I hope your week is off to a good start! I am in full on vacation countdown mode… only 3 days until my family heads to the beach for two weeks! We will be celebrating Christmas and ringing in the new year together in the sun. I can’t wait!
The weight loss noise is raging loud and clear right now with new year’s day just around the corner but I am choosing not to diet or try to lose weight before this vacation.
I spent way to many years trying to manipulate my body before vacations (or any special event for that matter). I’d see the trip on my calendar and instantly start to panic as I counted backwards to figure out how much time I had to get “beach ready” or “vacation ready” or “reunion ready” or whatever. Let me just say this: it never went well.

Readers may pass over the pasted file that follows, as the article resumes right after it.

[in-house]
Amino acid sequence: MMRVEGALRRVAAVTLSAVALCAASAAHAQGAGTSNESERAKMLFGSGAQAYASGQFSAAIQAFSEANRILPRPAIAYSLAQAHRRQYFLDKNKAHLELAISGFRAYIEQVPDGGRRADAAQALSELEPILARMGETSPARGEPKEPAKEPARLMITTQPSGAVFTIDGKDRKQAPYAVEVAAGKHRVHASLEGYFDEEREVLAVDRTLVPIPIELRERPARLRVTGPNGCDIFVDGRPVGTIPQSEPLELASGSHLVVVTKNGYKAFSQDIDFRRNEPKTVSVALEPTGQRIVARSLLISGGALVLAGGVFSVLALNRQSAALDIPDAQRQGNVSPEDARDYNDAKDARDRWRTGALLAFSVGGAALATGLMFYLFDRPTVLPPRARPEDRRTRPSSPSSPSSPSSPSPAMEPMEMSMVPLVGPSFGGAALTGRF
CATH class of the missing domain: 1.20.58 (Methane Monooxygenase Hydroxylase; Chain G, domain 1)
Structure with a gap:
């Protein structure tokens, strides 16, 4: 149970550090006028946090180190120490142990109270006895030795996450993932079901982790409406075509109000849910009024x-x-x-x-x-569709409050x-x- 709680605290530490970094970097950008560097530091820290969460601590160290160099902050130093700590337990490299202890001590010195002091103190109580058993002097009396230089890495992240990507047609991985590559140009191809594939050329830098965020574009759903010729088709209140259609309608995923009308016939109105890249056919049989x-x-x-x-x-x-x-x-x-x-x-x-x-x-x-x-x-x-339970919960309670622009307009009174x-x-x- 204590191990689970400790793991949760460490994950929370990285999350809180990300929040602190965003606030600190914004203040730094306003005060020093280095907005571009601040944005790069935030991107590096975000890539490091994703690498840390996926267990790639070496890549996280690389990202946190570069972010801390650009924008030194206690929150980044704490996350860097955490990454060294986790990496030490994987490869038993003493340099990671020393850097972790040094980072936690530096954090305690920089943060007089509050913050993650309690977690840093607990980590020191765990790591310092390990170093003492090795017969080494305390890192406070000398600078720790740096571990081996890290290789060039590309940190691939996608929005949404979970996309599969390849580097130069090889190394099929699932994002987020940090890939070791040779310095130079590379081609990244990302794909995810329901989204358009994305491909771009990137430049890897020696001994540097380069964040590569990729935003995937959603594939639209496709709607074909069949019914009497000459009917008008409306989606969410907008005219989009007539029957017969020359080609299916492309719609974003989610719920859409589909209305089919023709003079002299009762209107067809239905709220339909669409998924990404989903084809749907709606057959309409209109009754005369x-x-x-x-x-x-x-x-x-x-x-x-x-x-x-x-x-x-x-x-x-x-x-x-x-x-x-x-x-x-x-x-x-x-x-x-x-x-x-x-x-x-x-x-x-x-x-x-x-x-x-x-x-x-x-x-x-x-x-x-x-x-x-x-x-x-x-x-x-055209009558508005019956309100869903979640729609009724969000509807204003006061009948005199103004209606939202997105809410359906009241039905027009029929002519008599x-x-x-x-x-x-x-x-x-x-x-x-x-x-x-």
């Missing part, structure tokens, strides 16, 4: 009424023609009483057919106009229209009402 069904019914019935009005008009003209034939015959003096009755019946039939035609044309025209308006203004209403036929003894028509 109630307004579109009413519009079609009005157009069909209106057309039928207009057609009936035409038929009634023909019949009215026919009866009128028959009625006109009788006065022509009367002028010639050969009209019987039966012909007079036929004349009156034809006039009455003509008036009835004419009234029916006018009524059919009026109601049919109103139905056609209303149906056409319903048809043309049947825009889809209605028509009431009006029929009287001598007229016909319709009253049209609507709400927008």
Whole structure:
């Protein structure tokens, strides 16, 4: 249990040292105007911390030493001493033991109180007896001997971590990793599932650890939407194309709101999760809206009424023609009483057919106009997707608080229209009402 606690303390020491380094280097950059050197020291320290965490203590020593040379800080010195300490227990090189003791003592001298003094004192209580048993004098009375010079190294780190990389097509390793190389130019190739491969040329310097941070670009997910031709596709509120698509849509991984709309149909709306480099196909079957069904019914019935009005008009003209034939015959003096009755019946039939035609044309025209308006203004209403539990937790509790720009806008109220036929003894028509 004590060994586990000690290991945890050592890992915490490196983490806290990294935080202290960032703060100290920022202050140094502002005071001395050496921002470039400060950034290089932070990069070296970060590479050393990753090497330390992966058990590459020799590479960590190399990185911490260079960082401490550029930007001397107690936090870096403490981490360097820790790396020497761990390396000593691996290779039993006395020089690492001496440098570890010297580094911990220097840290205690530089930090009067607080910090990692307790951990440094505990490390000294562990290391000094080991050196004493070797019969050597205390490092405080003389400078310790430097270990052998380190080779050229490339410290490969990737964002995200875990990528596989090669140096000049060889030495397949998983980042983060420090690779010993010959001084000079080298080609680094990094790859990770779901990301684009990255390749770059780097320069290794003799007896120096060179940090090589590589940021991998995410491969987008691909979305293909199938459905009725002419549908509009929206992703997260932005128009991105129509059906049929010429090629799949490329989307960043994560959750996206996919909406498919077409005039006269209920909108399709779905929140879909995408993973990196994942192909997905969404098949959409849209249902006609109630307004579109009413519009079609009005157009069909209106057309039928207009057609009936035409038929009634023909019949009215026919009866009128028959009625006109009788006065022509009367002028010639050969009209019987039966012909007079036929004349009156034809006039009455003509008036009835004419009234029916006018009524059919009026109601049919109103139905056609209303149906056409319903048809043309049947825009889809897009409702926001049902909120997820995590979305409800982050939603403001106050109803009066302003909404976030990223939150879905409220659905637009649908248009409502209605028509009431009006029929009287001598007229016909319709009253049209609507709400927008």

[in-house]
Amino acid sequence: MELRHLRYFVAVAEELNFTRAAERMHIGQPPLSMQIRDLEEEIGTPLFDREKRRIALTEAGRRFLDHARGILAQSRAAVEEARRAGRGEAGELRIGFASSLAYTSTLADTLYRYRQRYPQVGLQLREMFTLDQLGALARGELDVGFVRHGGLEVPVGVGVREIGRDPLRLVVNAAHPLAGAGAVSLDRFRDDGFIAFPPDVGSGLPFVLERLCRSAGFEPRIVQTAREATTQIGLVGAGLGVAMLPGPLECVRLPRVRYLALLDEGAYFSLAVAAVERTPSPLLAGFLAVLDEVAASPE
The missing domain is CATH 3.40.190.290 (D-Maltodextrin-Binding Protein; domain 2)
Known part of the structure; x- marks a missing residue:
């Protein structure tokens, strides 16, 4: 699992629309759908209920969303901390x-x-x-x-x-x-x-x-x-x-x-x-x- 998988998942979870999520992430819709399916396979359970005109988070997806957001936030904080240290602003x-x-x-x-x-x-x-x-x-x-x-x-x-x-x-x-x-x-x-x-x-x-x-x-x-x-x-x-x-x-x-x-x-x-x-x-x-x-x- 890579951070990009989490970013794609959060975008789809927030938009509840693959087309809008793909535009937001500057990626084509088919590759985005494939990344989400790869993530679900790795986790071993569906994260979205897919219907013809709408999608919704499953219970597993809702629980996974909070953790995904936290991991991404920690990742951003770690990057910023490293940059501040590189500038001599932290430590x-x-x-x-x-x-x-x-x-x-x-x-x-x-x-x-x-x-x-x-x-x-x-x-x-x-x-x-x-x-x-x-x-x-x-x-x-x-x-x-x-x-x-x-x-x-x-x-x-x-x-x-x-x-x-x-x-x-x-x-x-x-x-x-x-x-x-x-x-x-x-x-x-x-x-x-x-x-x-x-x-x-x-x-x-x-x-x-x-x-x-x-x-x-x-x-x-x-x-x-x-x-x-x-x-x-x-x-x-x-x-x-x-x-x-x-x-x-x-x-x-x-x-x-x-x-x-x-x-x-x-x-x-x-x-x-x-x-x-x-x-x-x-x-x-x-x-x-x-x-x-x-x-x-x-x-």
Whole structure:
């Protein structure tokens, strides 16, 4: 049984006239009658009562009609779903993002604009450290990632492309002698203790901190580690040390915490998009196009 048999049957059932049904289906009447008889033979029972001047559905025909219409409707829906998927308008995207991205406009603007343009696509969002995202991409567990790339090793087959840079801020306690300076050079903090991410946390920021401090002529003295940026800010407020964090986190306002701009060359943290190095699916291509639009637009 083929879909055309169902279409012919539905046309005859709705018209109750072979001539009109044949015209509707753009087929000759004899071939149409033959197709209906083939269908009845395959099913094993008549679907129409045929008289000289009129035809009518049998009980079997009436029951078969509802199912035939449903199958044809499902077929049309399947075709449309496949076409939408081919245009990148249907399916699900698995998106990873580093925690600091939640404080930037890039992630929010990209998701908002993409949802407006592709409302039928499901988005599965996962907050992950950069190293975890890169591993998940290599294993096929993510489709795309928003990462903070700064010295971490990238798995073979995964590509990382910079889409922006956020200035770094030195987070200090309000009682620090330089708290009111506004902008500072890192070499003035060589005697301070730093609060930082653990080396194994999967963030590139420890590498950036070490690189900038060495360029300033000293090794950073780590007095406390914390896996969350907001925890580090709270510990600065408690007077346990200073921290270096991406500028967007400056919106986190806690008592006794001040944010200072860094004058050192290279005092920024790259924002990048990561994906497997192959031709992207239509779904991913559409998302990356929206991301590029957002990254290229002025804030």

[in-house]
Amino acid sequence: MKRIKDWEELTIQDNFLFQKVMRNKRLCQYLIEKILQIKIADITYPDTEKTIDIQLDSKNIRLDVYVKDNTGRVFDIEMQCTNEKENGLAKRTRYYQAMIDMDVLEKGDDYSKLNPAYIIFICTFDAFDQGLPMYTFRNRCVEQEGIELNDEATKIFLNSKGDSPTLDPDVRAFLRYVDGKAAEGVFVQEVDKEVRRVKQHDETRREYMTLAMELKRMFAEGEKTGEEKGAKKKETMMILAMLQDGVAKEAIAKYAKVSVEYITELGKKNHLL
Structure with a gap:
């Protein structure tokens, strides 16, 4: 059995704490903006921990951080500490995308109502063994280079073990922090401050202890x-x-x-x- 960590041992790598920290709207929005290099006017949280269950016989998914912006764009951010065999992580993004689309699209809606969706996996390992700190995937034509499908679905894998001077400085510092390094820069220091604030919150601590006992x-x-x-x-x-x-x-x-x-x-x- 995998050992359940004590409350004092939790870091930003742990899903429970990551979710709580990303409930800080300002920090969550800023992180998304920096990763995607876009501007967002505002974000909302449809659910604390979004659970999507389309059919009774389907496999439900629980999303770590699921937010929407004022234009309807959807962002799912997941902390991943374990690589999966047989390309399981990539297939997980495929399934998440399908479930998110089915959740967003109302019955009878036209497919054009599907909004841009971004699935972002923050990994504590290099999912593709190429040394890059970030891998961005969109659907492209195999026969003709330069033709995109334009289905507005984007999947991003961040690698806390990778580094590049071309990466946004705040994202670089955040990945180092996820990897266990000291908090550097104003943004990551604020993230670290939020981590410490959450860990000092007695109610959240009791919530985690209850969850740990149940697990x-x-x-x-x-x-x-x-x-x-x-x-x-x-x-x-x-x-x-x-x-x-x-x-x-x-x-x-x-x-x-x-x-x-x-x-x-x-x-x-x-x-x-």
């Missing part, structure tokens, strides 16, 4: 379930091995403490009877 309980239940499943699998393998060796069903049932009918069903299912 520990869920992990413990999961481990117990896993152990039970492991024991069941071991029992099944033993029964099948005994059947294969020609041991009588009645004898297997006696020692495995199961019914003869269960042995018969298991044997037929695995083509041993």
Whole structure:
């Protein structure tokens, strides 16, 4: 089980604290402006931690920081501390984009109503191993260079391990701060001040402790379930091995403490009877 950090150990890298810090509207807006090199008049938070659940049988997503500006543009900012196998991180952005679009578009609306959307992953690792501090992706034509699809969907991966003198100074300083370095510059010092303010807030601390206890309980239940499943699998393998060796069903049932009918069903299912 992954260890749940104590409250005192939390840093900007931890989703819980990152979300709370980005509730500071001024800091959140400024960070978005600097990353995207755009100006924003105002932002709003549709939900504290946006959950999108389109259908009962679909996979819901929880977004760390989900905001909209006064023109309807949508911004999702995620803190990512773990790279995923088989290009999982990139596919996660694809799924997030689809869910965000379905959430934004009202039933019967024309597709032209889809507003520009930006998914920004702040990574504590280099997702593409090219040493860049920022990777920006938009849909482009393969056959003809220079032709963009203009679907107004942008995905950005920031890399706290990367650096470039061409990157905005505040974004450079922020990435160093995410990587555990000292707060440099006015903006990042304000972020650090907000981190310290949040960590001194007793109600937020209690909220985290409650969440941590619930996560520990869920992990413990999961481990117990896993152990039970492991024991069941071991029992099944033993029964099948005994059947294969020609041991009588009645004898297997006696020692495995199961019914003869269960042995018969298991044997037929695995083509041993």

I would come up with an eating and exercise plan, try to strictly follow it, feel intense anxiety, and think only about how much weight I had lost (or how much I needed to lose, or what I should eat or shouldn’t eat, or how guilty I should feel because I wasn’t sure the exact measurement of what I just ate, and on and on). I’d basically black out of my real life leading up to the experience because all I had room for in my brain was how to make myself smaller.
All of that “willpower” made me feel frantic. Ultimately, I’d end up eating everything in sight. If I could actually make it to the event or trip without “going off my plan,” it was a free for all once I got there. Truthfully, I barely ever made it to the main event without “cheating” on my plan. These all out binges left me feeling physically uncomfortable (what I would refer to back in the day as my “food hangover”), emotionally uncomfortable (oh the guilt and disappointment in myself were almost too much to bear!), and mentally uncomfortable (the negative self talk was off the charts).
I was all around uncomfortable.